Jan 10, 2011

Review - All You Get Is Me by Yvonne Prinz

All You Get Is Me by Yvonne Prinz
Published December 21st 2010 by HarperCollins Publishers

From the Publisher:
A summer of love, loss, and justice.

Things were complicated enough for Roar, even before her father decided to yank her out of the city and go organic. Suddenly, she’s a farm girl, albeit a reluctant one, selling figs at the farmers’ market and developing her photographs in a ramshackle shed. Caught between a troublemaking sidekick named Storm, a brooding, easy-on-the-eyes L.A. boy, and a father on a human rights crusade that challenges the fabric of the farm community, Roar is going to have to tackle it all—even with dirt under her fingernails and her hair pulled back with a rubber band meant for asparagus.

Roar, short for Aurora, is adjusting to her new life living on a farm quite well considering she didn't want to move in the first place. It has only been two years since Roar's father moved her from San Francisco to the Middle-of-Nowhere, California. Her father, once a big-time lawyer, decided that a drastic change was needed after Roar's mother disappeared one too many times during a drunken binge. Roar's mother abuses alcohol and would come and go as she pleased. One night, she decided not to come home. That, or she was dead in a ditch somewhere.

Life on a farm is tough for Roar. She wakes at the crack of dawn and has a list of chores that are back breaking. Her father's organic farm is successful, and life is simple until Roar and her father are witnesses to a terrible car accident that kills a Mexican immigrant woman that was married to a local farm worker. A wealthy Caucasian woman was in too much of a hurry and made an illegal pass on a two-lane road. The immigrant was killed, but the baby in the back seat, as well as the Caucasian woman who caused the accident, walked away relatively unharmed. Roar's father decides he can't let the deadly act slide, he talks the worker into filing a wrongful death lawsuit. The town folk are not pleased. They don't exactly believe in equal rights between US citizens and illegal farm workers. Roar is taking the stares and whispers all in stride until she meets Forest, the son of the woman who caused the accident. Just in from L.A. for the summer, Roar is immediately drawn to the boy. Her shock-and-awe BFF Storm keeps pushing her to see the boy, but how would her father feel about her dating the son of a killer? Will he understand that Forest isn't guilty by association? Roar takes a leap, follows her heart, and finds her self having the summer of her life.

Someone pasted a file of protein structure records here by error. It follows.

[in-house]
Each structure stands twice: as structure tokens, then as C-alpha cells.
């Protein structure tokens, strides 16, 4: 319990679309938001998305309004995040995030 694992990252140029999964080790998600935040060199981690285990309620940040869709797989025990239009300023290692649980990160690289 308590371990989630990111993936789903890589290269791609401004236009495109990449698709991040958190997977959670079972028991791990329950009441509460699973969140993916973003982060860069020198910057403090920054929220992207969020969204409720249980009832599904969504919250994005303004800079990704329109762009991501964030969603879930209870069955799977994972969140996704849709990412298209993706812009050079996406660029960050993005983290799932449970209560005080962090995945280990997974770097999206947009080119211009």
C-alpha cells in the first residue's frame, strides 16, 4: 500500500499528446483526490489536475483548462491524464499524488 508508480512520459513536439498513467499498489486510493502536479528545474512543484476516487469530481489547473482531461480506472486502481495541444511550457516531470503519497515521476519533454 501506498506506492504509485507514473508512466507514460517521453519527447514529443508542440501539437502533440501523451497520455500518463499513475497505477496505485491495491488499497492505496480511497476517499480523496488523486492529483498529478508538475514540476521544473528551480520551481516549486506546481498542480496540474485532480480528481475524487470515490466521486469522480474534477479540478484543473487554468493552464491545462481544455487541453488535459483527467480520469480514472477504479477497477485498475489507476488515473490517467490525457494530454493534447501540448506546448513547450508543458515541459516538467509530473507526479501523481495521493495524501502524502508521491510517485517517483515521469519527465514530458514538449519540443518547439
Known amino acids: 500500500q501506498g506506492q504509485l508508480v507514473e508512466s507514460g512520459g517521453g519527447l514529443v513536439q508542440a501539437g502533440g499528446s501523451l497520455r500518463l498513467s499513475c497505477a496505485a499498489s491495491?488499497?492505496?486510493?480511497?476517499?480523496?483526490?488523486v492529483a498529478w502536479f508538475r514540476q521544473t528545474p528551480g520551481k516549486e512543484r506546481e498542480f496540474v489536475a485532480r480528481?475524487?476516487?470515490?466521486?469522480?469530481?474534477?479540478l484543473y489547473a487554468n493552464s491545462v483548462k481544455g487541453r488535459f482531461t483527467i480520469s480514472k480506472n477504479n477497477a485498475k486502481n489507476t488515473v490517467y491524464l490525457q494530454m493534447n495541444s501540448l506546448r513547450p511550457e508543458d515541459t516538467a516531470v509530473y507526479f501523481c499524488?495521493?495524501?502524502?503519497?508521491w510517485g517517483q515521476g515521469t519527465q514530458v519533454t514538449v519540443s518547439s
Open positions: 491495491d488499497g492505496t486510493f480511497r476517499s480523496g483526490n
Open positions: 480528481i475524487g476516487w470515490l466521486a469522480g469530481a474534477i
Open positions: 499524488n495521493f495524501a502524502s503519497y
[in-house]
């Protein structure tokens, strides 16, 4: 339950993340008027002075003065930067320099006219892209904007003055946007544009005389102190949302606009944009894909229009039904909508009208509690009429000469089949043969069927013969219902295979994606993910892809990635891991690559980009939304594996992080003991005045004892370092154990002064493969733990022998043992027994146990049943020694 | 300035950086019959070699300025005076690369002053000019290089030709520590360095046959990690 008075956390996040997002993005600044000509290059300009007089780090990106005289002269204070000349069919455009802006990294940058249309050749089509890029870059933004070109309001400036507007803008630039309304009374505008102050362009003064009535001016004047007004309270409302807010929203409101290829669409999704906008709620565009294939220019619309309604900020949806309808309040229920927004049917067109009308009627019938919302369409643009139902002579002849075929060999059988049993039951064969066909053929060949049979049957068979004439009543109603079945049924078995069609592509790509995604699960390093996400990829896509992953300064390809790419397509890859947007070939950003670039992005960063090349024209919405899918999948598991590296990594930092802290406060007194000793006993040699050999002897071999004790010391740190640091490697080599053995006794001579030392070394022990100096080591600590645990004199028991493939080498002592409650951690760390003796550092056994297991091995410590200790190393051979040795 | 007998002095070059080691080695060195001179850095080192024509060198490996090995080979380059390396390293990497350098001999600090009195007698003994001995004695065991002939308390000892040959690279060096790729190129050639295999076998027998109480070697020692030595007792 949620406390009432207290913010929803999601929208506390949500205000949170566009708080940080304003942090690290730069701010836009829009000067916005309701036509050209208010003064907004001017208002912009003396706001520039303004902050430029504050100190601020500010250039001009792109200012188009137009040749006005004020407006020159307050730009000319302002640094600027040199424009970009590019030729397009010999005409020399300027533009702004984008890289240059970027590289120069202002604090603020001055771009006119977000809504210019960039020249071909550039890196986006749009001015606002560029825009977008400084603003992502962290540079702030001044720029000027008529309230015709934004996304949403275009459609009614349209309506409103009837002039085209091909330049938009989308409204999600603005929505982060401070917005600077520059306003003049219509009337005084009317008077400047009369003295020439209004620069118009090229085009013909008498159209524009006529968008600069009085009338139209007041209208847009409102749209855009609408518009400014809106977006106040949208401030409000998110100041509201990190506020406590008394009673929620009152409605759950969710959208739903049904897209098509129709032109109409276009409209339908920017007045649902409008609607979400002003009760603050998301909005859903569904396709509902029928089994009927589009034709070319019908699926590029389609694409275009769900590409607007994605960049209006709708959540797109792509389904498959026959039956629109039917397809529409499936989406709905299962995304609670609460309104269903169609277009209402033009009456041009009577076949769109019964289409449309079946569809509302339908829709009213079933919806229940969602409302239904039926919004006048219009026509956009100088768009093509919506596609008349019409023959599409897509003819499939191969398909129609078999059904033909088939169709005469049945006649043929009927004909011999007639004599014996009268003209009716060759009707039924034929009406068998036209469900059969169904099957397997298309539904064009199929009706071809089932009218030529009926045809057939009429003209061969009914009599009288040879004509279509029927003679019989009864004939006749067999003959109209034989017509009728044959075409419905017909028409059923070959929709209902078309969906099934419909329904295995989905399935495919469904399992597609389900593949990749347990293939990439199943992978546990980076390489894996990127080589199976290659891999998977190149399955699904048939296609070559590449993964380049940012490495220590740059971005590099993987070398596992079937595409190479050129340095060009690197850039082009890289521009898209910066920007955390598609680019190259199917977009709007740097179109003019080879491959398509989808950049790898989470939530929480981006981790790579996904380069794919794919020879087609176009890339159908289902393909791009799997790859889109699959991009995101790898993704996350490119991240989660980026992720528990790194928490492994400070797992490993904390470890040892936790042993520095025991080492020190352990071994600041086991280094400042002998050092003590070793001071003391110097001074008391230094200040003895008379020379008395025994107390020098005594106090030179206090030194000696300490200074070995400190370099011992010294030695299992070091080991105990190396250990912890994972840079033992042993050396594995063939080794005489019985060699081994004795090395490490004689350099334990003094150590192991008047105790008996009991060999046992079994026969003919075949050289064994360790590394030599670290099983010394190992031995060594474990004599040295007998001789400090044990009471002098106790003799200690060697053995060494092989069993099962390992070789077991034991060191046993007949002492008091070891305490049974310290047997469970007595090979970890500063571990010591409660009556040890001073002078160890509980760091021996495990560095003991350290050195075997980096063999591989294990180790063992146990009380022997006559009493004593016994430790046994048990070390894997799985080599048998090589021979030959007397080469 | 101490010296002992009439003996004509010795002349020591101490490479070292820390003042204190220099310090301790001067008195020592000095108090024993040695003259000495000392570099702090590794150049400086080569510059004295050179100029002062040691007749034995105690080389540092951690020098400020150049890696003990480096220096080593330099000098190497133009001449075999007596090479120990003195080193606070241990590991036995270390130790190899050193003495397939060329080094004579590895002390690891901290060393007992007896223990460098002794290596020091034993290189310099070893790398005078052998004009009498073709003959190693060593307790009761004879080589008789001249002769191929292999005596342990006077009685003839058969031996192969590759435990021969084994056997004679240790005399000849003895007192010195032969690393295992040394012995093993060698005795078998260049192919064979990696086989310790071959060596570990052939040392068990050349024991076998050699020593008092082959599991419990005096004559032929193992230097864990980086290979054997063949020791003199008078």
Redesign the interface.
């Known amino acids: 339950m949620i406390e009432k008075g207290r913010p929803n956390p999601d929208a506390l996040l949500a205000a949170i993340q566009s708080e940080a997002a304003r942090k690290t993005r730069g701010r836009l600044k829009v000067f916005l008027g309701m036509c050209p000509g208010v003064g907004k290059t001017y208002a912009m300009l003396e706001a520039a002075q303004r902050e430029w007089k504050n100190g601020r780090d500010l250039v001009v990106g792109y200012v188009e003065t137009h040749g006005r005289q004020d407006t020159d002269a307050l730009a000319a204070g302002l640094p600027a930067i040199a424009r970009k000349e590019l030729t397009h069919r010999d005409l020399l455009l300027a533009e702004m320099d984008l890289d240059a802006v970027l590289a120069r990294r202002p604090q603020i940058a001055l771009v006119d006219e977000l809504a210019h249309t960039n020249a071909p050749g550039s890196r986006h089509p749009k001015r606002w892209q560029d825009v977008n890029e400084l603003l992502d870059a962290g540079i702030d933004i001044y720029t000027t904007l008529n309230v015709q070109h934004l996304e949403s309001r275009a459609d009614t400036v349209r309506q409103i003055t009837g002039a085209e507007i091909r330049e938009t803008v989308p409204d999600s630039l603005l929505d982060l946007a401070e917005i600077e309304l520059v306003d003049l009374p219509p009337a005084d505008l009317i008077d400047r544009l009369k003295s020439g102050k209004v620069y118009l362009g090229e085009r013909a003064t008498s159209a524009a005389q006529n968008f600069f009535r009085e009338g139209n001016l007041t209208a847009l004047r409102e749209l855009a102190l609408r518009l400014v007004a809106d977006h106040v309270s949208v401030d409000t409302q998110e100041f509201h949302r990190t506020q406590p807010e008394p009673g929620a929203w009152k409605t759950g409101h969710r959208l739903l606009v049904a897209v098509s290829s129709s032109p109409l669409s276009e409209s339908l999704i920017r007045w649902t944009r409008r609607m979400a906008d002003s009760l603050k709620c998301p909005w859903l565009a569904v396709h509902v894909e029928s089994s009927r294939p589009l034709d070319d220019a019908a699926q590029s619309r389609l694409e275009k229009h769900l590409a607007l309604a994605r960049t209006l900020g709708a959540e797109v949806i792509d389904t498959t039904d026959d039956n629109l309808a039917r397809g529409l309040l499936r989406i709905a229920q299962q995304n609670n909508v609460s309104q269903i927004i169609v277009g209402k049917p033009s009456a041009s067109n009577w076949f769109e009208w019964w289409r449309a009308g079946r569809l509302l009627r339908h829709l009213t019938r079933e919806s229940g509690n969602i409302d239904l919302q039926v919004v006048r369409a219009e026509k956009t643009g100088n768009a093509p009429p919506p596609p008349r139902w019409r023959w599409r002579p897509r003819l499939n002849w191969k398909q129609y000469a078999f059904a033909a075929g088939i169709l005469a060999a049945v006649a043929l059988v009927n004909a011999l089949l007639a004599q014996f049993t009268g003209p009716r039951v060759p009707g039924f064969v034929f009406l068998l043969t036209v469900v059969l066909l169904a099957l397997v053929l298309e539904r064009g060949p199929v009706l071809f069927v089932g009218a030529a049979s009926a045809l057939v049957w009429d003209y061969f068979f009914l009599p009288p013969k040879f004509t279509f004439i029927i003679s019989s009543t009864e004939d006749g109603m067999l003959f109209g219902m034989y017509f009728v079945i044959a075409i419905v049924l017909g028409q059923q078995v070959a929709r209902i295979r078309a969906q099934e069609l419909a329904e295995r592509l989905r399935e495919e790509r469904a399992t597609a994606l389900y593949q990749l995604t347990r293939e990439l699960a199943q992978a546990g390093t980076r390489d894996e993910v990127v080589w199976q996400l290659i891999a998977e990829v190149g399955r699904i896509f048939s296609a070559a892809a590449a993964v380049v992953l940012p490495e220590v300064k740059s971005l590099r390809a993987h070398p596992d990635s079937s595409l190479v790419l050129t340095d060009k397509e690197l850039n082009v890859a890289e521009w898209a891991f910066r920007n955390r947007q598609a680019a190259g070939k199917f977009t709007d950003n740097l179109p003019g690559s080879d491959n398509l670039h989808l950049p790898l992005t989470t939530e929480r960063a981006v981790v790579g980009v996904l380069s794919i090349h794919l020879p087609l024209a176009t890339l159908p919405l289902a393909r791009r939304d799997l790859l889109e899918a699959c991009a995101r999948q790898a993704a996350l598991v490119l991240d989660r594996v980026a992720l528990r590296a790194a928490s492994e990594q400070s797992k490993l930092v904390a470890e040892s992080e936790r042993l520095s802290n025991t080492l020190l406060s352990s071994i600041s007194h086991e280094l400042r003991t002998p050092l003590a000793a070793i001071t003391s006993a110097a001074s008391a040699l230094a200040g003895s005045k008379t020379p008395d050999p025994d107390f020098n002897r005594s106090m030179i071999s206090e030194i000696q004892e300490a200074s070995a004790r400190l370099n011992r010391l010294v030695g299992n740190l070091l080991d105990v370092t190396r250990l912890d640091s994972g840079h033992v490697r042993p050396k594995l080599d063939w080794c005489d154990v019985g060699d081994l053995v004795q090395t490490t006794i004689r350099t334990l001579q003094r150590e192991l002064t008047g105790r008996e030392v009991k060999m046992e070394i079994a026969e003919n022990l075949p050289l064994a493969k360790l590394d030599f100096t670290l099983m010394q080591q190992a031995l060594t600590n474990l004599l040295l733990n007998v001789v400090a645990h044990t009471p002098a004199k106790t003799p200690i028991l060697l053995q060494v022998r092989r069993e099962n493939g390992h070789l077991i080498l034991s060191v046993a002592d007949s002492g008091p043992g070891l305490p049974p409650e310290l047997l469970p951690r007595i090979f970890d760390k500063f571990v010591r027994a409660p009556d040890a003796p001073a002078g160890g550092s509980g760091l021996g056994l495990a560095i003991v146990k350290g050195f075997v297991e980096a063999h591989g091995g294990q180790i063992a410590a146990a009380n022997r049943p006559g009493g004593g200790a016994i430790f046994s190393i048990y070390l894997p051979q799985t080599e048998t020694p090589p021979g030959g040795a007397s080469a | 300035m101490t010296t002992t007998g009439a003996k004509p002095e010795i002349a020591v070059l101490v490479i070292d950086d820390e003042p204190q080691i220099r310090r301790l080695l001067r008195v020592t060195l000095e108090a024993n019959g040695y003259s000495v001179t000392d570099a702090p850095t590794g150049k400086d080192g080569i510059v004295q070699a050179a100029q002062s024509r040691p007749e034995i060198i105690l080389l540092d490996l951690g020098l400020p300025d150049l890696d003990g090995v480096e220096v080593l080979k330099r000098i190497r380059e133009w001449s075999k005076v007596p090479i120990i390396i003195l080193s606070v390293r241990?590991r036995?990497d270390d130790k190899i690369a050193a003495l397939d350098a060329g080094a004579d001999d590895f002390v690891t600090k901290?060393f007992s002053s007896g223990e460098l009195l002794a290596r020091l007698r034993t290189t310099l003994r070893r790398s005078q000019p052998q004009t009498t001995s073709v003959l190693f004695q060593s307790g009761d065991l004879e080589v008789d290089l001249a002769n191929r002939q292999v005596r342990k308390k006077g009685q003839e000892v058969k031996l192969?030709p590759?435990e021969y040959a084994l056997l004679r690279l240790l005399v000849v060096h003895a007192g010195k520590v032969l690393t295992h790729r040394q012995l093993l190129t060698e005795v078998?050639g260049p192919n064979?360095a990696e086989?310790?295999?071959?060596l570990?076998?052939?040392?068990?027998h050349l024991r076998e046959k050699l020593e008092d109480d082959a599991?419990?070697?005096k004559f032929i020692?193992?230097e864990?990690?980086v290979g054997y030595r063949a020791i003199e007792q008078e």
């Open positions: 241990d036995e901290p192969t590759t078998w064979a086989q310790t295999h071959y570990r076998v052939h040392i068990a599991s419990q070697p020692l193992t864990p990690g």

I admit it, the cover art is what me to read this book. Photography is a huge hobby of mine, and that old film camera on the front of the book sucked me right in. This book was an absolute breeze to read. The language is snarky, fun, and full of sarcastic hits that made me smirk. Prinz nailed the teenage voice in this book. Roar and her best friend Storm throw witty quips and comments at each other that I was constantly reminded of my two teenage daughters. Storm is so defiant and outlandish that you can't help laugh out loud at some of her antics. Although Roar appears to be completely opposite of Storm, the two have a strong friendship built on honesty and...a little sarcasm. I looked forward to having Storm enter a scene. I was always excited to see what crazy thing came out of her mouth. I think there should be a companion book just for her. *hint*

Although I really enjoyed this book, I had a few "issues". The continuous use of the word "Mexican" was used to identify everything Hispanic or Latino. I would have like to have seen a little more diversity. There were a few culturally insensitive passages that I found totally unnecessary "dance like a white girl" and "..look like an Amish woman." Different words could have conveyed the same message - "...look like I just stepped out of The Little House on the Prairie" for example. There were a few stereotypes used against Latinos. Remember, even if it is a positive stereotype (smart Asian child, hard working Mexican), they are still stereotypes. I would have liked to have seen these edited out.

Regardless, I was pleasantly surprised by the love story, witty dialogue, the surprising resolution with Roar's mother, and the diversity of characters. I would definitely give this read a try.

3.75 stars